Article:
August 25, 2021 by Speakers' Spotlight
Neil Pasricha: Why We’re So Bad at Predicting What Will Happen to Us in the Future
We all think the way things are now is the way things will continue to be. If you’re flying high, that’s not so bad, but if you’re falling, flailing, or treading water like many of us right now, then this is a dangerous tendency. Here’s how to counteract it.
See the failure you’re going through as a step up an invisible staircase toward a “Future You” in a “Future Life” you can’t even imagine yet.
The staircase represents your life so far. And you can’t see up the invisible staircase.
Look down behind you. That part is visible. You can see where you came from. All the steps you already walked up.
Look — there’s the time you moved in fifth grade and got bullied by that goon Adam every day after school; when you first picked up a basketball and started practicing with Coach Williams every night; There’s Francesco, the tattooed chef who chewed you out every shift you showed up late to wash dishes at the seafood place as a teen. It was painful but you learned to be on time.
So many steps up to today. Big steps. Hard steps. But steps all the same. And what’s next on the staircase? Well, that’s the problem. No one knows.
It’s invisible. We can’t see the future. And maybe if that were the only problem, that would be okay. But it isn’t. It gets worse. Why? Because according to the research, we actually think we can see up that staircase.
Our brains think, “Oh yeah, sure, I know what’s next in my life.” In reality, we suck at it. Let me explain.
In 2013, Science published a fascinating study conducted by the researchers Jordi Quoidbach, Daniel T. Gilbert, and Timothy D. Wilson. They teamed up to measure the personalities, values, and preferences of more than 19,000 people, ages 18 to 68. In a series of tests, they asked the subjects about two pretty simple things: how much they thought they had changed in the past decade and how much they would change in the next decade.
They used a lot of scientific methods to make sure the data were legit, then they published their results. Academic circles started buzzing. Media outlets clamoured to share the results. Why? Because the results were mind-blowing.
It turned out that no matter how old the respondents were, they uniformly believed that they had changed a ton in the past but would change little in the future. What?
Imagine a 30-year-old guy telling the tempestuous story of his last 10 years but figuring his next 10 years would be smooth sailing. Imagine a 50-year-old woman talking about how everything had flip-flopped after she turned 40 but then assuming that at 60, she’d be the same person she was now. That was the case for everybody regardless of age, gender, or personality.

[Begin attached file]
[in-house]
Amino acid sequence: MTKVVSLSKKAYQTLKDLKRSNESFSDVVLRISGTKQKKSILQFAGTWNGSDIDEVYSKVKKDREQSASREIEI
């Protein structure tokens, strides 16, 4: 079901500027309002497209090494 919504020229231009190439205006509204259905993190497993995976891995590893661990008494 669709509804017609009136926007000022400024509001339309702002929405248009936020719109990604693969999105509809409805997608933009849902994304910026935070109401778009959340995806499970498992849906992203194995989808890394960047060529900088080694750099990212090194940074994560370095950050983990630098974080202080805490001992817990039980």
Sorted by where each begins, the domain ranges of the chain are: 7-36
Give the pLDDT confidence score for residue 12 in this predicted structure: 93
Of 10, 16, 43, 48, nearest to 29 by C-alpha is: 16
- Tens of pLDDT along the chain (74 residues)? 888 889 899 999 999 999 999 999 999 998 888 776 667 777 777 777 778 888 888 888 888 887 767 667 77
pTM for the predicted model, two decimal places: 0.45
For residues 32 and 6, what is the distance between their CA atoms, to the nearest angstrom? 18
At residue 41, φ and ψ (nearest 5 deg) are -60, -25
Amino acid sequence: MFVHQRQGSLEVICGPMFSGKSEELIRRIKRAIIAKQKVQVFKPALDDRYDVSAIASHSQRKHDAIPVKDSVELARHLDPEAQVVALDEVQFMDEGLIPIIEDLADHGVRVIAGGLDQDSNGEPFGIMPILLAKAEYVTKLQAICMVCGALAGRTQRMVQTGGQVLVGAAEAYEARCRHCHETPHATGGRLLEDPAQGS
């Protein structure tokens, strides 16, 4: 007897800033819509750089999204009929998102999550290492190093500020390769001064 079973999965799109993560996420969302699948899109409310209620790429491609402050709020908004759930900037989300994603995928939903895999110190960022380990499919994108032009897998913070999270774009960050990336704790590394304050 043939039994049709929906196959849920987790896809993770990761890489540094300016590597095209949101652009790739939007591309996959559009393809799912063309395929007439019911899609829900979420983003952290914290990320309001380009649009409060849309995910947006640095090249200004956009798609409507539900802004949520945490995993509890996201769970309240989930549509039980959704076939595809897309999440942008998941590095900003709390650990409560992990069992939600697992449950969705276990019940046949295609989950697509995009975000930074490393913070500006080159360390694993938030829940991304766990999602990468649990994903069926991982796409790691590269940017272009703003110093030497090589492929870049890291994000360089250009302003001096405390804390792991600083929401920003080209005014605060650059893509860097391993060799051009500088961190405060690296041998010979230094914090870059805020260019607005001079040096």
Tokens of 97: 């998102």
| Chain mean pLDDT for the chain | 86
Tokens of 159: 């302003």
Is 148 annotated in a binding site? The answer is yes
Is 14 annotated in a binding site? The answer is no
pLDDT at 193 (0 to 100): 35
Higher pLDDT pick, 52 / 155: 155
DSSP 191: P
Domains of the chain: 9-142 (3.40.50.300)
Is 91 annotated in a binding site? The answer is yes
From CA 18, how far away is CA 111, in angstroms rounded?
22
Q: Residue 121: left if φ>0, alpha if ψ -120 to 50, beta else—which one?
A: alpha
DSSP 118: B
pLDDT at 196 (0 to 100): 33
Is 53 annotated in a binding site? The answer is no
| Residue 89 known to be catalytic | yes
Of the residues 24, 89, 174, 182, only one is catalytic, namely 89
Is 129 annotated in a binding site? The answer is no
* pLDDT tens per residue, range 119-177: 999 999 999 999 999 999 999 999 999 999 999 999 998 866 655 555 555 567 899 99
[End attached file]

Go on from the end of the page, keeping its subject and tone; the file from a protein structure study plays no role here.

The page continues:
We all do it. We all think that the way things are now is the way things will continue to be. The researchers called this the “end of history illusion.” We think everything will remain unchanged from here on out.
This research reminded me of an HR job I had where I had to escort bosses into meeting rooms whenever they had to fire an employee. I was there for paperwork, for witnessing, for emotional support. I was in the room when dozens of people got fired, and it was awful. There were tears and wet tissues and many afternoons when I’d be consoling someone in a freezing parking lot as they loaded up their trunk with framed pictures from their desk saying “I thought I’d be here forever” and “What am I going to do now?” and “I’ll never find another job.”
Those scenes left me heartbroken. I lost a lot of sleep over them.
Sometimes I’d bump into the former employees years later. And what did they tell me? “Getting fired was the best thing that happened to me! If I hadn’t gotten that severance package, I never would have had those crucial six months to spend with my dad before he died.”
Why did every fired employee tell me this? Why did they all react so positively after some time had passed? How can that happen?
Because we confuse the challenge of picturing change with the improbability of change itself.
We confuse the challenge of picturing change (“What am I going to do now?”) with the improbability of change (“I’ll never find anything!”).
In other words, you can’t picture yourself changing so you assume that you won’t.
Why? Because your seeing skills are shit! And so are mine. So are everyone’s. You think because you can’t see up the staircase there aren’t any more steps. But there are more steps.
And change will come. It always does.
That’s why it’s so hard to see change as a step. To see this failure, this flop, this difficult life experience as part of a process, as part of a greater whole. It’s hard to see it as a step because you can’t see the next step. And you sure can’t see 10 steps after that.
So be kind to yourself.
When you’re there, when you’re stewing in the shock of failure and loss, when you’re convinced you’re stuck, when you’re convinced there’s no way forward, just remember: There’s a staircase you’re not seeing. Trust that it’s there, right in front of you, and that it leads to exciting new places. Have the courage to believe in this one thing that you can’t see.
There are so many steps ahead. So many steps. Don’t stop. Shift the spotlight, and keep moving.
It’s very possible and very likely that what you’re going through is a step toward a future you’ll be happy with. But you just can’t see it … yet.
This piece was adapted from the original article posted on Neil’s blog.
A Harvard MBA, New York Times bestselling author, award-winning blogger, and one of the most popular keynote speakers in the world, Neil Pasricha draws on the latest research in happiness to increase individual performance and create a more positive and productive workplace.
Interested in learning more about Neil and what he can bring to your next event? Email us at [email protected].